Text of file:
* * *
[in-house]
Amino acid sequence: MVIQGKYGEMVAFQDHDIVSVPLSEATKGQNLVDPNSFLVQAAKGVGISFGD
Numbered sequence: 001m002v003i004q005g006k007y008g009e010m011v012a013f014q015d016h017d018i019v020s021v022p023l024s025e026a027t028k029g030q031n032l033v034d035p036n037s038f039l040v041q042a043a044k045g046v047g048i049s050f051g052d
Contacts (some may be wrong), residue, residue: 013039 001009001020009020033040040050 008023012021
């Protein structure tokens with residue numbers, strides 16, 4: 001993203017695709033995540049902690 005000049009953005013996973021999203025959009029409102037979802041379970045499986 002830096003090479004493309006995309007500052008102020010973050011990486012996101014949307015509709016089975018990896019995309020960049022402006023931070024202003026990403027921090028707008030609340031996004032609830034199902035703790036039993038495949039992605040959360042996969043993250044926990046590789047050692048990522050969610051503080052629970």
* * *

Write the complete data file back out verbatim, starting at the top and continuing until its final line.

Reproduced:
[in-house]
Amino acid sequence: MVIQGKYGEMVAFQDHDIVSVPLSEATKGQNLVDPNSFLVQAAKGVGISFGD
Numbered sequence: 001m002v003i004q005g006k007y008g009e010m011v012a013f014q015d016h017d018i019v020s021v022p023l024s025e026a027t028k029g030q031n032l033v034d035p036n037s038f039l040v041q042a043a044k045g046v047g048i049s050f051g052d
Contacts (some may be wrong), residue, residue: 013039 001009001020009020033040040050 008023012021
């Protein structure tokens with residue numbers, strides 16, 4: 001993203017695709033995540049902690 005000049009953005013996973021999203025959009029409102037979802041379970045499986 002830096003090479004493309006995309007500052008102020010973050011990486012996101014949307015509709016089975018990896019995309020960049022402006023931070024202003026990403027921090028707008030609340031996004032609830034199902035703790036039993038495949039992605040959360042996969043993250044926990046590789047050692048990522050969610051503080052629970």